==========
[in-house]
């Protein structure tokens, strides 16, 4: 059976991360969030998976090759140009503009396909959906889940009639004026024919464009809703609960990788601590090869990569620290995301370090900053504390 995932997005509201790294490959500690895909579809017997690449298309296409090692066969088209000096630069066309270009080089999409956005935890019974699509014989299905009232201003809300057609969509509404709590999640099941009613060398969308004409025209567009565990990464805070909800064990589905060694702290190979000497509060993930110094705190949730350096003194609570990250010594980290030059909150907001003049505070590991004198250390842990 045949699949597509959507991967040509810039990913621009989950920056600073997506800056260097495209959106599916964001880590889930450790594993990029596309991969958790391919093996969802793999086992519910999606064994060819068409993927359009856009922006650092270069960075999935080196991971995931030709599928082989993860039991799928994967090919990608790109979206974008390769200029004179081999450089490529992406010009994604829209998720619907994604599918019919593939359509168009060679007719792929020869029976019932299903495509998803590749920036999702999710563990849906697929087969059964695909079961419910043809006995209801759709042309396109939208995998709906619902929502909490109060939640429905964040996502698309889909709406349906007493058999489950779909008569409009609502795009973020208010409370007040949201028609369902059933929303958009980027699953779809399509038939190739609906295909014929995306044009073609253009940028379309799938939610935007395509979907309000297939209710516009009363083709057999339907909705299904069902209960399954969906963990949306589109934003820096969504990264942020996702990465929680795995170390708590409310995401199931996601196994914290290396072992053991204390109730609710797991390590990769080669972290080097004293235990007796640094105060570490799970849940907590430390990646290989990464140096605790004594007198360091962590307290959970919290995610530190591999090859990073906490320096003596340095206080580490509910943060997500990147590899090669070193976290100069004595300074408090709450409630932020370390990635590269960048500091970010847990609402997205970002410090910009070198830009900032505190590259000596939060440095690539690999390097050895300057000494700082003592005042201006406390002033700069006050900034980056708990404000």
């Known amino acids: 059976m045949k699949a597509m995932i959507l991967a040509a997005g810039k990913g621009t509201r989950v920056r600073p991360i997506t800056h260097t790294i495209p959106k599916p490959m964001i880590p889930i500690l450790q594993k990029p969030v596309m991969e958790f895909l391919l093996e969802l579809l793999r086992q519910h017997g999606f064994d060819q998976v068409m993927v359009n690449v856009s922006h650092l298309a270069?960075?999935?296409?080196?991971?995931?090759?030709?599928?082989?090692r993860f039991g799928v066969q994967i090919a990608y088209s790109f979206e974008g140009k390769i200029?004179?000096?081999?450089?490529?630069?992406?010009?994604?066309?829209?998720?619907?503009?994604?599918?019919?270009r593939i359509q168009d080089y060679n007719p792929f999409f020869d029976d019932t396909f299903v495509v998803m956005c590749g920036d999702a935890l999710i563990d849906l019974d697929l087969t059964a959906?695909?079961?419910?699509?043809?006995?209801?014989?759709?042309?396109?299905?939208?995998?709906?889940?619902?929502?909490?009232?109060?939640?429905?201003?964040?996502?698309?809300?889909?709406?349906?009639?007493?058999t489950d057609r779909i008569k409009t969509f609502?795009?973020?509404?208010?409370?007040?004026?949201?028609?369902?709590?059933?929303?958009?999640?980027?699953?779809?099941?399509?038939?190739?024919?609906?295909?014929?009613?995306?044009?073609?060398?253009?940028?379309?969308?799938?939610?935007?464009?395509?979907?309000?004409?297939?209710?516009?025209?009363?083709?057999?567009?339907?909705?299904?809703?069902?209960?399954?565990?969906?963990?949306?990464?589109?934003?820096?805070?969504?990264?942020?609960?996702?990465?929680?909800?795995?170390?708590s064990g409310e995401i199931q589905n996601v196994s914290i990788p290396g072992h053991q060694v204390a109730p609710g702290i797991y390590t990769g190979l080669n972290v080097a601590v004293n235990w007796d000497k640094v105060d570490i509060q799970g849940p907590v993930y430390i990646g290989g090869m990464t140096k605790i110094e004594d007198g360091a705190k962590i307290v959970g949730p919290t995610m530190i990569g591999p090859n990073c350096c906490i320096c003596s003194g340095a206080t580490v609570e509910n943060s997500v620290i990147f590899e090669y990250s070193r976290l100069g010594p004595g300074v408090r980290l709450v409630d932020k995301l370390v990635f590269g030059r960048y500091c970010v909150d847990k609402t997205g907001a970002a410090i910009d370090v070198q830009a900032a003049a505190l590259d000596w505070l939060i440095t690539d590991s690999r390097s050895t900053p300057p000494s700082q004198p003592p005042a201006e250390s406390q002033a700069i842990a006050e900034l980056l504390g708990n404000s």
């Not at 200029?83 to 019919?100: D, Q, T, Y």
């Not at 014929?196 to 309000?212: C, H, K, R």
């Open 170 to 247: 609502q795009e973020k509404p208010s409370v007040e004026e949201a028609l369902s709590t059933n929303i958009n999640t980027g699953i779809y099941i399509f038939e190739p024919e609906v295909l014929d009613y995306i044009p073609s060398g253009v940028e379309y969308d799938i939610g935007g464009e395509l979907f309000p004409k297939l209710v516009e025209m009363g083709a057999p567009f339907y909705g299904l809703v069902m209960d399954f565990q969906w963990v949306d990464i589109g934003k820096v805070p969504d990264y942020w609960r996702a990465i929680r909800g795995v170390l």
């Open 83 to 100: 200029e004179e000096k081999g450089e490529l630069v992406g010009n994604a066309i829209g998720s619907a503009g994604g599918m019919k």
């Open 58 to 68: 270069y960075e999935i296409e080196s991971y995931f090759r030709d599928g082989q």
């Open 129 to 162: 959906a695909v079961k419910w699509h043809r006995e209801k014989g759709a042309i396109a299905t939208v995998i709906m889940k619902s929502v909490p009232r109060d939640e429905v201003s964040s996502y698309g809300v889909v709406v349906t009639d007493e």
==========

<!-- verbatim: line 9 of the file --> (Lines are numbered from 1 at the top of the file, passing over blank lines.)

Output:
């Open 129 to 162: 959906a695909v079961k419910w699509h043809r006995e209801k014989g759709a042309i396109a299905t939208v995998i709906m889940k619902s929502v909490p009232r109060d939640e429905v201003s964040s996502y698309g809300v889909v709406v349906t009639d007493e």